4. Sparkle And Shine. Imagine going to a supermarket and seeing dusty fruit or aisles filled with old shelving and cans. It doesn't happen because the grocery store knows how to present its goods. Sellers must do the same. Get rid of things you don't want to move, organize closets and storage areas, and clean everywhere.
5. Mechanics Count. Buyers expect everything to work. Home inspections are now entirely common and what buyers miss home inspectors will catch. Fix and paint things now and they won't be an issue in the future.
6. Set the stage. When buyers see your home, it's showtime. They want an environment where they can see themselves. De-clutter and hide knick knacks that will distract them from their dreams. Given them a show where everything is painted, arranged, and attractive, a home where the only issue is when to move in.
7. Know the market. Real estate is local. Your broker can explain current market trends in your community, including what's selling, what isn't selling, and why. This information is central to getting the optimal price and terms.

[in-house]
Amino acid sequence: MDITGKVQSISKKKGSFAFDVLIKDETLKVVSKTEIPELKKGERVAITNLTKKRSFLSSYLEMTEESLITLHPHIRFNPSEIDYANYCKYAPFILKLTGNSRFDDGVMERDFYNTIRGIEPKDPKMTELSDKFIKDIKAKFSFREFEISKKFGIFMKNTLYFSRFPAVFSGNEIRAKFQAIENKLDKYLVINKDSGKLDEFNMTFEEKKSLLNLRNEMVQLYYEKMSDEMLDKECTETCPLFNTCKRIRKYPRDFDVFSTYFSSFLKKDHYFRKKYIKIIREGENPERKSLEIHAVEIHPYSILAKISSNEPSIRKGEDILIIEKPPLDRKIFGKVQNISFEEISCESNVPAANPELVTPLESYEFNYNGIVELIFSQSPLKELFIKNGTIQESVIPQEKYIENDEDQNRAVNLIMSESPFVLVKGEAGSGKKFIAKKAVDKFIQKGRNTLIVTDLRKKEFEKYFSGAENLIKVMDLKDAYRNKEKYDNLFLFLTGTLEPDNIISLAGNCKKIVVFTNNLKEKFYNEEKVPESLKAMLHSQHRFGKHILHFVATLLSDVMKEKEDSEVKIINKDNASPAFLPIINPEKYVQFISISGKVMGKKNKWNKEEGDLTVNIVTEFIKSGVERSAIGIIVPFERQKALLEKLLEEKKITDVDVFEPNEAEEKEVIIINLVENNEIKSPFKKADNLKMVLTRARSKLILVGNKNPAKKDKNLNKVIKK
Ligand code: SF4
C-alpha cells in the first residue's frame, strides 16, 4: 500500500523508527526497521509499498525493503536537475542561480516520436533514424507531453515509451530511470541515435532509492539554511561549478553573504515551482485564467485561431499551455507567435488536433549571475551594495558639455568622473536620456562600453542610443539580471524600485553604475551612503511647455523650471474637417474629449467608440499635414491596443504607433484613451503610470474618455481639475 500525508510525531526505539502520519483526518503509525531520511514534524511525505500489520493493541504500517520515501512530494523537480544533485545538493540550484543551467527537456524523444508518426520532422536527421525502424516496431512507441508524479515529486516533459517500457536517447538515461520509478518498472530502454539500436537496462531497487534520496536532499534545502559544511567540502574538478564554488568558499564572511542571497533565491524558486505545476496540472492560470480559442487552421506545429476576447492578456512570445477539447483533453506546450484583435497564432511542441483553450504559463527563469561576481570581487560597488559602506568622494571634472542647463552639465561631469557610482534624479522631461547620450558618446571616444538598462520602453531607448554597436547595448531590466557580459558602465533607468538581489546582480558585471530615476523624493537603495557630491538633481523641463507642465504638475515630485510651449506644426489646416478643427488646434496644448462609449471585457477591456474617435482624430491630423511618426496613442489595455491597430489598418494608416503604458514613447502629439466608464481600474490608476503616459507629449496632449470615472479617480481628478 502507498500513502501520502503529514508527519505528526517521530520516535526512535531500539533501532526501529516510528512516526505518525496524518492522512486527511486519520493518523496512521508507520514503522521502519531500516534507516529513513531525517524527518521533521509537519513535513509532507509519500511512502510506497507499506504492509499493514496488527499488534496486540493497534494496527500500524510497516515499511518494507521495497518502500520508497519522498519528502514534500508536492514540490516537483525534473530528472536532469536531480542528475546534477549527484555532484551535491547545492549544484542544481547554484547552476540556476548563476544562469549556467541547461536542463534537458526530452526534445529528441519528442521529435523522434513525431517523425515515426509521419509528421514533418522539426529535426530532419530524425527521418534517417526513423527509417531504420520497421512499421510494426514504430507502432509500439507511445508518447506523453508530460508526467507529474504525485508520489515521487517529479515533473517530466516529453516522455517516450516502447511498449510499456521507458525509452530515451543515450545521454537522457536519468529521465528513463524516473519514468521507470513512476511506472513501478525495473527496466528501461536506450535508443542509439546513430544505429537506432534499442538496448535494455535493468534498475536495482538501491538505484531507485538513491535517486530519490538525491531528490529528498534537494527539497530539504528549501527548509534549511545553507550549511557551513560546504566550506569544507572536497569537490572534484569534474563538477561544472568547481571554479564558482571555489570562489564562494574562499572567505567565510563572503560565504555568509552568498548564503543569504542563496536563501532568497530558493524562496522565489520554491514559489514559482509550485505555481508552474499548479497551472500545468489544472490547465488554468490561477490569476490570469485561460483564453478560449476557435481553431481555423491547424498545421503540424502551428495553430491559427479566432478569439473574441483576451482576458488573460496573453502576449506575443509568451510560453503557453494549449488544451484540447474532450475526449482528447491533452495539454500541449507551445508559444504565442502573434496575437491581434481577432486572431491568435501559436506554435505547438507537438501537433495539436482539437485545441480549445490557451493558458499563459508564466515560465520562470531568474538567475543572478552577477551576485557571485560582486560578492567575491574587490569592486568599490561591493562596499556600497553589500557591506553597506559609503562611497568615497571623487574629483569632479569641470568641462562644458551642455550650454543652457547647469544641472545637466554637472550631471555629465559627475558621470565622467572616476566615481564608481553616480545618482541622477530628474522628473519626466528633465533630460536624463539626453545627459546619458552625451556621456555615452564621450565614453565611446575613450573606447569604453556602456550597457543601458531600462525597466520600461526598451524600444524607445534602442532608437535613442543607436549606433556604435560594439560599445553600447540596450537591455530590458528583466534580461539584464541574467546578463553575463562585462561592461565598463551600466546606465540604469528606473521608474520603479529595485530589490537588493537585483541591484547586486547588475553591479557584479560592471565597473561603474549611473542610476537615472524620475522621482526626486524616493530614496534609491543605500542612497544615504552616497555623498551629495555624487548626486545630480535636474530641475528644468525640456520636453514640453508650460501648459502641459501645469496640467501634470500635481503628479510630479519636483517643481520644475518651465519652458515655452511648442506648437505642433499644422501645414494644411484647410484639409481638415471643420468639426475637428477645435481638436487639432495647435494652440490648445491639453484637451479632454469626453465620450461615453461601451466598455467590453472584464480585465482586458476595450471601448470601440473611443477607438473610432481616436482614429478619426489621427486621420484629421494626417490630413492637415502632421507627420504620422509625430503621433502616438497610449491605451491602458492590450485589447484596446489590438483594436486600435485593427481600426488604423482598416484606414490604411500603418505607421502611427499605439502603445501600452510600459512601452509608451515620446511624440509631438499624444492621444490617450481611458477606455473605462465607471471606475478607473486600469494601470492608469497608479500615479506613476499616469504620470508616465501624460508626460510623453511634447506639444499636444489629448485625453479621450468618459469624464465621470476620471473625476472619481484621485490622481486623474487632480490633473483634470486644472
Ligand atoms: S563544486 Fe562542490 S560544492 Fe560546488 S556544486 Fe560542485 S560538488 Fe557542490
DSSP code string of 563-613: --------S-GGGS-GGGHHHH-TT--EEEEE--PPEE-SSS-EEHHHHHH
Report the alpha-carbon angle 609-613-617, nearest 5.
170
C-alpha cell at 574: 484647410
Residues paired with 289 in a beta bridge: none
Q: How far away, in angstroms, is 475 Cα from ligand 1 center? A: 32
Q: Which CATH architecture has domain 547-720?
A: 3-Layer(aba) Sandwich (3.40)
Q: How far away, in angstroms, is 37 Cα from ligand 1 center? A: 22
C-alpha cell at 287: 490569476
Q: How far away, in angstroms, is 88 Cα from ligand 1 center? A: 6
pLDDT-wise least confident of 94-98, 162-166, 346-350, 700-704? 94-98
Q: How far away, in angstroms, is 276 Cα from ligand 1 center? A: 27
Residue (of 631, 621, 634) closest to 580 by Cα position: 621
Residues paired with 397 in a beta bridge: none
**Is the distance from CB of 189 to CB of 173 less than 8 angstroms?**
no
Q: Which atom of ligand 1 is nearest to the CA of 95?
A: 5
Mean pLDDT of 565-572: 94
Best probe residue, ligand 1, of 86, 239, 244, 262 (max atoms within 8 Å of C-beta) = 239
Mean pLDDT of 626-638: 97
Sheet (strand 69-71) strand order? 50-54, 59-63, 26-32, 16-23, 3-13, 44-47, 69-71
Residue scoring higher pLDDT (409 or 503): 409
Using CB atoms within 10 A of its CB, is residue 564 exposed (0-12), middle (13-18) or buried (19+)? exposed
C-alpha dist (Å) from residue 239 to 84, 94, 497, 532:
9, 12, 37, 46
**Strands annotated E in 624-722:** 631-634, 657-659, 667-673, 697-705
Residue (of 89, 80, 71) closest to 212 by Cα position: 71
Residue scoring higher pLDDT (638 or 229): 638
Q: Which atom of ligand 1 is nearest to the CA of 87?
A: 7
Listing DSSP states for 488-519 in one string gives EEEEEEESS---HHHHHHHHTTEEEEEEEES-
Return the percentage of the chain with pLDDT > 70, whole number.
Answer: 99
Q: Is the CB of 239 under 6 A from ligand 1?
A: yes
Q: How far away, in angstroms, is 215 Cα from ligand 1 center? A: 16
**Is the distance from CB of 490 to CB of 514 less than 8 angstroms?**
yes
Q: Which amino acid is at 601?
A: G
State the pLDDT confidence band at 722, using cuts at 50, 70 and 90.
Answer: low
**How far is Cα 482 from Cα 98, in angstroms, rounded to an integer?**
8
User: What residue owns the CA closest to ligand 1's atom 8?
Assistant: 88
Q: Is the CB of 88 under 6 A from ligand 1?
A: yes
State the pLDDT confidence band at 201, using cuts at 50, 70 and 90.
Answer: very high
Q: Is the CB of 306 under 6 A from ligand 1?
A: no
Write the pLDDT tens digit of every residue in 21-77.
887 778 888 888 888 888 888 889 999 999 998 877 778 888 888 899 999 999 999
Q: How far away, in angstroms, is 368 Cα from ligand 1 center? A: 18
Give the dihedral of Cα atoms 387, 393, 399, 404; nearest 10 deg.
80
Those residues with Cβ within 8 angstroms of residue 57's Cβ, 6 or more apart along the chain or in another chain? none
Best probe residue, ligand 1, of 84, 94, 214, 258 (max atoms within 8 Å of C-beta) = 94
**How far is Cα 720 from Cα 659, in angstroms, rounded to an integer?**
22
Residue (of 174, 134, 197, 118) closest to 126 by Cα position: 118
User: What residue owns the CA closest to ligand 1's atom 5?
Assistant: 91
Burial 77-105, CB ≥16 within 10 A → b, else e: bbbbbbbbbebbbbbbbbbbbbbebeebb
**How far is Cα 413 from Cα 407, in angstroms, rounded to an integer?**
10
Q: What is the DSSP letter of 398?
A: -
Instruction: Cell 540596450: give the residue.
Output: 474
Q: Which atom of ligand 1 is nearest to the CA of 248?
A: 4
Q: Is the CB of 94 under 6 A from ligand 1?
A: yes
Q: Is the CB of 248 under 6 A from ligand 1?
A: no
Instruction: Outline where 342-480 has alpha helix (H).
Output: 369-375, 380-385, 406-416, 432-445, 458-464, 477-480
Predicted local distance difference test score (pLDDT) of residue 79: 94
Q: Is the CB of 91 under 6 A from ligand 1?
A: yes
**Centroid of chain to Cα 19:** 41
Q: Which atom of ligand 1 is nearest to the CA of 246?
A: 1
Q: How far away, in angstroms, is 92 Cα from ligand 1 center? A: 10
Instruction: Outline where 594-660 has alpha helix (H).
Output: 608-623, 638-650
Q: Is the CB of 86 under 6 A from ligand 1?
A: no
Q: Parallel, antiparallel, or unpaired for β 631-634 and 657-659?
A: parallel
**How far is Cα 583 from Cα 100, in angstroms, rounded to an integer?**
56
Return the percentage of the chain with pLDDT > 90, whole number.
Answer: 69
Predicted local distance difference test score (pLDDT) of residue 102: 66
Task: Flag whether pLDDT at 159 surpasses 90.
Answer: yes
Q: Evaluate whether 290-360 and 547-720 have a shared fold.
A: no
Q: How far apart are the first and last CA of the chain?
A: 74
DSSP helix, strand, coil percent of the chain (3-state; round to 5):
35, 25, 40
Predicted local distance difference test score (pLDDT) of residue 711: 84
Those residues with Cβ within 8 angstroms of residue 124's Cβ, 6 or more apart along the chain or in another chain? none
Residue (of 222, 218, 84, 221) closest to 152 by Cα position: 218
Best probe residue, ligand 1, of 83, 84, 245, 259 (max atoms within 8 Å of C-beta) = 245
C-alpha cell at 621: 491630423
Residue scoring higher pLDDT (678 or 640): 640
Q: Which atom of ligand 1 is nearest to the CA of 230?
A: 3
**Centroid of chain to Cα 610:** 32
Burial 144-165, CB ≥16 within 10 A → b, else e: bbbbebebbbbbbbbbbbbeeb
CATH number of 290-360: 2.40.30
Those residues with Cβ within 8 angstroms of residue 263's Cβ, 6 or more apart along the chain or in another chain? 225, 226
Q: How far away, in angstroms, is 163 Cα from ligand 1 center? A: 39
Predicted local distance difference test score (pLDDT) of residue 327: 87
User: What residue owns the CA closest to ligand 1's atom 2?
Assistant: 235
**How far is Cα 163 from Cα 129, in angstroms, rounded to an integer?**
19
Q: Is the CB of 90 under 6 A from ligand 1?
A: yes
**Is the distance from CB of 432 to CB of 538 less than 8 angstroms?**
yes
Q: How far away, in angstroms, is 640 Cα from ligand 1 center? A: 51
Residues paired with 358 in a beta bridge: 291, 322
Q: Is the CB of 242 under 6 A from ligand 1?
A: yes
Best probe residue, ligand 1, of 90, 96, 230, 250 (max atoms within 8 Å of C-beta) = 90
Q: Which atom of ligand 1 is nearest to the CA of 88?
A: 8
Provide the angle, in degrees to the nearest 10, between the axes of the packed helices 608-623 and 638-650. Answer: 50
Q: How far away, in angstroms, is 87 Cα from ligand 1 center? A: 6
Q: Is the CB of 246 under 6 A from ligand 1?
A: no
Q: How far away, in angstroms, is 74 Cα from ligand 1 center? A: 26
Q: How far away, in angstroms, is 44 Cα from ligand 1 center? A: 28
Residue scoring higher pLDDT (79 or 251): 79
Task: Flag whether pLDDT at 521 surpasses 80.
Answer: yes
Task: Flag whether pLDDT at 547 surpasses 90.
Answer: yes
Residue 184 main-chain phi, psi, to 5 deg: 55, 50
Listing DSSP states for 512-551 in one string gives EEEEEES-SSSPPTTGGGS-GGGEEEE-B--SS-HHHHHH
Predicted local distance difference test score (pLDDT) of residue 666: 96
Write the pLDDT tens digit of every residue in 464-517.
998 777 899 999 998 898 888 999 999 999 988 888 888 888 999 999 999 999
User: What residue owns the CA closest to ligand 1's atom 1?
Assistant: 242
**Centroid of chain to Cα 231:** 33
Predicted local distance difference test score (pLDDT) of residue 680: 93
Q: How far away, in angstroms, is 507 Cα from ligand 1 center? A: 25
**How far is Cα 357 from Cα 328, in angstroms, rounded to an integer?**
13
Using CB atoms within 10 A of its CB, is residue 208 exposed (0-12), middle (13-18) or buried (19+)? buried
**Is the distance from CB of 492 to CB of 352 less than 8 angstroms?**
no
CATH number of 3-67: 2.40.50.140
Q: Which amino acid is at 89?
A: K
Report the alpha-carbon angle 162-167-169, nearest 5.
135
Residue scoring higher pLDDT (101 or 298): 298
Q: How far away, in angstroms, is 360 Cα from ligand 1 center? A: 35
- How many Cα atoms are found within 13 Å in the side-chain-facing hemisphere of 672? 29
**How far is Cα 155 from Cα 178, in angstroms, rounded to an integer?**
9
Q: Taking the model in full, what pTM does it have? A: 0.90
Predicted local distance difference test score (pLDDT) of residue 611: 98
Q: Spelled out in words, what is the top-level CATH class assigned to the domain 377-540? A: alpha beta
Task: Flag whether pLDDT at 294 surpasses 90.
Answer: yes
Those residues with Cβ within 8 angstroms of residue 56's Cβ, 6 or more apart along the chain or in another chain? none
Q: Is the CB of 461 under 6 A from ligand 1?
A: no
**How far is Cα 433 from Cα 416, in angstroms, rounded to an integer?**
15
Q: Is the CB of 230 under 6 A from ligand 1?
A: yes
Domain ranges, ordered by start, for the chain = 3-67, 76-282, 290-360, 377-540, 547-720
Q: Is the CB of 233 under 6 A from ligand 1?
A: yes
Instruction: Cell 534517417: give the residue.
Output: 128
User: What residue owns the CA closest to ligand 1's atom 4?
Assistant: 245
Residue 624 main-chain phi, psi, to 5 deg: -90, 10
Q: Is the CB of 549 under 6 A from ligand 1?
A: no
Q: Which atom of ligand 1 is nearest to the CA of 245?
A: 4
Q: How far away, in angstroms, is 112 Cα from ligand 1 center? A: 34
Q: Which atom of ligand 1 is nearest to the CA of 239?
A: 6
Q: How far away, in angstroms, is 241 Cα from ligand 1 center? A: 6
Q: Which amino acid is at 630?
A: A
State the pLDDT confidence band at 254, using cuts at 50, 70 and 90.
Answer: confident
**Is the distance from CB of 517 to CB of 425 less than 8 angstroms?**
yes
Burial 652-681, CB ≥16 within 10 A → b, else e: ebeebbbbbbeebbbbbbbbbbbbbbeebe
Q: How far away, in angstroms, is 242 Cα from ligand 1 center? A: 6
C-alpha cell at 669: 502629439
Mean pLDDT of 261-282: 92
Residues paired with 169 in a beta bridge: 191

8. Know the competition. Your property will be competing with other homes for buyer attention. Ask your broker how to be competitive -- and how to have an edge.
9. Be realistic. Markets differ by location and time. When interest rates are low and the local job base is growing, it's great to be a seller. But when times are slack and mortgage rates are rising, homes also sell. The trick is to be realistic, to get as much as market conditions will allow.
10. Have a plan. Real estate marketing involves far more than a sign in the yard and an ad in the paper. Successful brokers use a variety of methods to attract and qualify prospects, including the latest Internet and communication advances.
By submitting this form with your telephone number you are consenting for Kirk Holding and Greg Kelsey and all authorized representatives to contact you even if your name is on a Federal or State "Do not call List".
Market Snapshot 06/18/2013Total Properties Listed: 4763
Average List Price: $ 269,613.04
Typical PropertySingle-Family Home
Average List Price: $ 269,613.04
Average Price per SqFt: 122.78
Average Price by Bedrooms1 Bedroom: $ 123,424.51
2 Bedrooms: $ 149,920.60
3 Bedrooms: $ 217,634.12
4 Bedrooms: $ 289,893.93
5 Bedrooms: $ 364,521.66